W3C home > Mailing lists > Public > public-openannotation@w3.org > January 2013


From: Bob Morris <morris.bob@gmail.com>
Date: Tue, 29 Jan 2013 14:26:11 -0500
Message-ID: <CADUi7O5iqDrETNdH2aoQhaW+W4Pq4qVCK8cFD4GDfhVP2kNBPA@mail.gmail.com>
To: Robert Sanderson <azaroth42@gmail.com>
Cc: Stian Soiland-Reyes <soiland-reyes@cs.manchester.ac.uk>, public-openannotation <public-openannotation@w3.org>
We have been experimenting with modeling annotation "conversations"
with BOM, the Bug Ontology Model http://notes.3kbo.com/bom.

Although we are not presently up to date as to either BOM or OA,
current versions probably would be easy to use.  An example of a
response part of a conversation is at http://bit.ly/VREKK0 but take
care: (a)It's a link into our SVN repo, so a moving target; (b) it
illustrates a response to an imaginary annotation locally named
theOther:Annotation_0 that is asserted to be a bom:Issue against which
an issue resolution of type bom:WontFix is asserted;(c)many of the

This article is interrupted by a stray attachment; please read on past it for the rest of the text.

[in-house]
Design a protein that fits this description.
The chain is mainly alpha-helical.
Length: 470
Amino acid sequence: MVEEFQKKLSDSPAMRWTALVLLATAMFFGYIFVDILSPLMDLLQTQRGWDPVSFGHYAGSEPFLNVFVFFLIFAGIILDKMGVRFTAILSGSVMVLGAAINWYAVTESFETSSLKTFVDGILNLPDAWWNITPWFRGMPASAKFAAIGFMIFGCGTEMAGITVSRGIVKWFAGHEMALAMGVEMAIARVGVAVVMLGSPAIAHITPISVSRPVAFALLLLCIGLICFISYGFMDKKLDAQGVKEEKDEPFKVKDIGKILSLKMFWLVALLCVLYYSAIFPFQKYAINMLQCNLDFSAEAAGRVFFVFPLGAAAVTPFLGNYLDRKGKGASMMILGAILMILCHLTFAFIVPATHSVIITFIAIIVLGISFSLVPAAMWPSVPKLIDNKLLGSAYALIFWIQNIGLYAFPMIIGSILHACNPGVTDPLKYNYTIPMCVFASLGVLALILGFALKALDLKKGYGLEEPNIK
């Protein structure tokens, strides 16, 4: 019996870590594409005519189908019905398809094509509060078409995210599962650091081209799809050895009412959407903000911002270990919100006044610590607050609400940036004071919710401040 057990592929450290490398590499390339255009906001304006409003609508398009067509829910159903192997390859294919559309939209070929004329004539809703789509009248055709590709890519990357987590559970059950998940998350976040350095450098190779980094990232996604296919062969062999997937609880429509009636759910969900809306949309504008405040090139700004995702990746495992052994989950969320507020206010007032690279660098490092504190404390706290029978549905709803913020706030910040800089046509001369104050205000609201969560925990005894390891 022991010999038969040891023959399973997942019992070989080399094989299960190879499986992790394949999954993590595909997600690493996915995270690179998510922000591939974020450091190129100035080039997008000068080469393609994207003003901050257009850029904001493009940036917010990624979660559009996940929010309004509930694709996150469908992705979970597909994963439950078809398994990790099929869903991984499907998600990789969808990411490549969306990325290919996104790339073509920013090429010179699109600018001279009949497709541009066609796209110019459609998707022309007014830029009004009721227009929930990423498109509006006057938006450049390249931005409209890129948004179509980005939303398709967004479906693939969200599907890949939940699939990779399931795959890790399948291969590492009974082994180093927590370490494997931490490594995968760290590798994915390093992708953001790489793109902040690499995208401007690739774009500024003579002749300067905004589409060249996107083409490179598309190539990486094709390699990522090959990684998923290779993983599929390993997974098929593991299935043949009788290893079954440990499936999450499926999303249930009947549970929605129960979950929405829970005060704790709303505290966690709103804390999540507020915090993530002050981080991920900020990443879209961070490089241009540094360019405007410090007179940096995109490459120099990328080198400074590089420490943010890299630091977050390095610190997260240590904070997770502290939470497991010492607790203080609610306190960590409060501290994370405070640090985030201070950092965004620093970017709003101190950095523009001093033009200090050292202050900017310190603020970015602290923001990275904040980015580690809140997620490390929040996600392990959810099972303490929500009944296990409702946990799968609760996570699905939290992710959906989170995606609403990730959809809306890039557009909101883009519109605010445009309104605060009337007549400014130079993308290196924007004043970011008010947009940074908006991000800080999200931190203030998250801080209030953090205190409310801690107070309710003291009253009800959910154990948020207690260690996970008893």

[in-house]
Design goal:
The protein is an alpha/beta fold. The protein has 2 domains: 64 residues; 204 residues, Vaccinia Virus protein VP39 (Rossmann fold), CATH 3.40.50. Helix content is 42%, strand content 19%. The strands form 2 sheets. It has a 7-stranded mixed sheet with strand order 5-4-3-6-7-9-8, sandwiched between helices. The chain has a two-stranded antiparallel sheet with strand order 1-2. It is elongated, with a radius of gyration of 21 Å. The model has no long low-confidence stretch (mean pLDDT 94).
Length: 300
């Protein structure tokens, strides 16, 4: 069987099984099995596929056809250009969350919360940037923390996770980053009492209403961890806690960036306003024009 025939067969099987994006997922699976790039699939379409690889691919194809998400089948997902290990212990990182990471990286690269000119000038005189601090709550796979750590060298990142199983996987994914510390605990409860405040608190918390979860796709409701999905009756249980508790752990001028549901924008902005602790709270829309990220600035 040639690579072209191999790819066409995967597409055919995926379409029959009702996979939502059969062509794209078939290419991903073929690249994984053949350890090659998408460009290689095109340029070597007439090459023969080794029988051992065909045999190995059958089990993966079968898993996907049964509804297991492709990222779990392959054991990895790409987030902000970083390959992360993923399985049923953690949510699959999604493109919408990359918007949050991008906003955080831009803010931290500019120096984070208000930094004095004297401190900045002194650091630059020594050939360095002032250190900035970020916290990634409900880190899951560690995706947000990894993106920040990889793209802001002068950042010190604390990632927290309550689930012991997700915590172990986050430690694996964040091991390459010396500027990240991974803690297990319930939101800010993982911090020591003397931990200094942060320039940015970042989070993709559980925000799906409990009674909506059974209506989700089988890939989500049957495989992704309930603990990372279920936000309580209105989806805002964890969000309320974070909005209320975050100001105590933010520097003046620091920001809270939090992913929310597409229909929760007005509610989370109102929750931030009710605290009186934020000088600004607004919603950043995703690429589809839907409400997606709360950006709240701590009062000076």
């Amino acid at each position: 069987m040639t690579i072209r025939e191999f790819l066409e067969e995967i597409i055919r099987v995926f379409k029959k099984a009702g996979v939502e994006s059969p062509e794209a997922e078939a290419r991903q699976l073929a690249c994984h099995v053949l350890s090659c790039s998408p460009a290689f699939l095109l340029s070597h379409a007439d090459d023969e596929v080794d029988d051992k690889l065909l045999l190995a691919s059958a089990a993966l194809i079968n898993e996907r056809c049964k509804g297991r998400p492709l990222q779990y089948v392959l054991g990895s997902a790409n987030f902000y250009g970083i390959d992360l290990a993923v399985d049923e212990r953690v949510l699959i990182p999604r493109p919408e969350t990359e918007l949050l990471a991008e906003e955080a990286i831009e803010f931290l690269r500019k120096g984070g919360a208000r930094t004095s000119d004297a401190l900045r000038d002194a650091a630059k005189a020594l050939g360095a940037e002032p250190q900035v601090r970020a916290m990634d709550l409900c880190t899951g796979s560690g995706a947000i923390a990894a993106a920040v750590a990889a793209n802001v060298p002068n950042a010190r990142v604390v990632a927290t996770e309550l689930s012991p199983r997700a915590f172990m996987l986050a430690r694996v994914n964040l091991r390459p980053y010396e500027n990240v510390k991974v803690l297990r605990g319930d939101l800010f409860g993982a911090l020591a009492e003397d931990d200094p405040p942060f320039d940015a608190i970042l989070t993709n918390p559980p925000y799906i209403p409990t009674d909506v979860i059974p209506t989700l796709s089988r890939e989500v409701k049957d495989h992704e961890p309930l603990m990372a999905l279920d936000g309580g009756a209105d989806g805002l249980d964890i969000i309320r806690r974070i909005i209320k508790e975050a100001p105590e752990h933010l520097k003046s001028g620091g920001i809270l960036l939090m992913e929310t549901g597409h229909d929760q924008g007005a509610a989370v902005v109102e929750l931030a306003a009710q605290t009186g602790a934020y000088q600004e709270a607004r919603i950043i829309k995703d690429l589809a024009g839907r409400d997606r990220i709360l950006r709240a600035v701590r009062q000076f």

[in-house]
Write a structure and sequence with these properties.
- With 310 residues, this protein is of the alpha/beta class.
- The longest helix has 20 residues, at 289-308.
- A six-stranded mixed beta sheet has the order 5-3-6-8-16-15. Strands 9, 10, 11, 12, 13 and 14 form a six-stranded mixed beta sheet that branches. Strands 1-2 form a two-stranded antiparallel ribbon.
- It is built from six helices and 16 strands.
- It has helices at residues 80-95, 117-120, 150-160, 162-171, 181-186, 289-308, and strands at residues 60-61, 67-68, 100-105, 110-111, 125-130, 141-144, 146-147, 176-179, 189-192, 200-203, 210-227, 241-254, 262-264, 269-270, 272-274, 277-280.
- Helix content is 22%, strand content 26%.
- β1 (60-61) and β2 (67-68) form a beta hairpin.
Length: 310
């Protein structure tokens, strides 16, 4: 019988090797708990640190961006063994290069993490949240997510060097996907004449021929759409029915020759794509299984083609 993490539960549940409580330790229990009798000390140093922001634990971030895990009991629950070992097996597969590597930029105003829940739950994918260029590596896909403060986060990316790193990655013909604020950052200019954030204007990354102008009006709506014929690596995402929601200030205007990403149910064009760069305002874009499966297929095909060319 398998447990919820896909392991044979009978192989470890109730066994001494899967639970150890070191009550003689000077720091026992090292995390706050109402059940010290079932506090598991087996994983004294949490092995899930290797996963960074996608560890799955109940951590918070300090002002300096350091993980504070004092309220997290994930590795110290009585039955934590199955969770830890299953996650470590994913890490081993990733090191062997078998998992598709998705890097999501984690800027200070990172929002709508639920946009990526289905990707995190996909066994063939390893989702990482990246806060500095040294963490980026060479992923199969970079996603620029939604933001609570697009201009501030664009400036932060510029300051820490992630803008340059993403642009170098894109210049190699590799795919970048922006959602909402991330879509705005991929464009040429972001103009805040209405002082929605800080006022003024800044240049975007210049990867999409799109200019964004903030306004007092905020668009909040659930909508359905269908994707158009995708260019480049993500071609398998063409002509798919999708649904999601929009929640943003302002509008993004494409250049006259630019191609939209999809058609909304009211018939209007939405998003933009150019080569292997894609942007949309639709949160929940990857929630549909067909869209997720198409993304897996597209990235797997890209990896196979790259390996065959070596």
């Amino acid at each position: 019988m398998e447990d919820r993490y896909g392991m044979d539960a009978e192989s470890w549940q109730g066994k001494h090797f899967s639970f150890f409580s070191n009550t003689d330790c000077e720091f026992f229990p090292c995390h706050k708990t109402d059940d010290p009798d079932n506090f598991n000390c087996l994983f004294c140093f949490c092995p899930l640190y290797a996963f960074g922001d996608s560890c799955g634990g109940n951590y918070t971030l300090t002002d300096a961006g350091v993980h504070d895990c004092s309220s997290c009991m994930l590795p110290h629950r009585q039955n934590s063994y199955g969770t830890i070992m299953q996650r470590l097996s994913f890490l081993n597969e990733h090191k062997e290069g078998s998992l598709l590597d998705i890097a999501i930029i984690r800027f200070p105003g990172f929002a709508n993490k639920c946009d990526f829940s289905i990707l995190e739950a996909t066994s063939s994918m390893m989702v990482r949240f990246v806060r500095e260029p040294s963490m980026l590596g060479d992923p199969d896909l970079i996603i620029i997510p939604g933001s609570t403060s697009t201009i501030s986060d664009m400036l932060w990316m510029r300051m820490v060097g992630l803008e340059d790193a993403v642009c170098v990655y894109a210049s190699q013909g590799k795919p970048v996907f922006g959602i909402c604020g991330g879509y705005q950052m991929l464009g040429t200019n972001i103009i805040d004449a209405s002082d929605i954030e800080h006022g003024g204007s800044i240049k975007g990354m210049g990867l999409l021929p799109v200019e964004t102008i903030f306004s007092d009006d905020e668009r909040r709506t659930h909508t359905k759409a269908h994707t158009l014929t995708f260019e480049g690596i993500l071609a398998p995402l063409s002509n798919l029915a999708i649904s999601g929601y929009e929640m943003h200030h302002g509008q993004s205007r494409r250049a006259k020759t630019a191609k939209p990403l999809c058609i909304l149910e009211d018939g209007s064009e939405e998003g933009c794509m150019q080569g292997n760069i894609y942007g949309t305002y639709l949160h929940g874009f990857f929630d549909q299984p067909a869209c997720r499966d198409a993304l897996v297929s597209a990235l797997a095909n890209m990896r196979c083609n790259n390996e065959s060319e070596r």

namespace URLs might not be useful; (d)there may be better "issue
tracker" ontologies out there, but the same kind of use should apply;

Also, perhaps somewhat incidental to the general problem, we make a
small use of an opinion ontology

If the advantages claimed for  JSON-LD OA serialization are correct, I
expect to see a complete semantic OA discussion client-side web app
offered tomorrow based on BOM.   Rob and Paolo will especially like
bom:Won'tFix.   :-)

Bob Morris

On Mon, Jan 28, 2013 at 2:00 PM, Robert Sanderson <azaroth42@gmail.com> wrote:
> On Sun, Jan 27, 2013 at 7:35 PM, Stian Soiland-Reyes
> <soiland-reyes@cs.manchester.ac.uk> wrote:
>> BTW - which of the annotation tools could be good for doing exactly
>> this kind of email and review? :)
> Indeed! We should eat our own dogfood as soon as possible :)
> As Laela says, it's hard to even track the discussions without
> spending a lot of time on it.  That does mean that there are valuable
> and informed discussions going on though, which is hugely important
> and a good sign that things are going well.

Robert A. Morris

Emeritus Professor  of Computer Science
100 Morrissey Blvd
Boston, MA 02125-3390

IT Staff
Filtered Push Project
Harvard University Herbaria
Harvard University

email: morris.bob@gmail.com
web: http://efg.cs.umb.edu/
web: http://wiki.filteredpush.org
The content of this communication is made entirely on my
own behalf and in no way should be deemed to express
official positions of The University of Massachusetts at Boston or
Harvard University.
Received on Tuesday, 29 January 2013 19:26:39 UTC

This archive was generated by hypermail 2.4.0 : Friday, 17 January 2020 16:38:21 UTC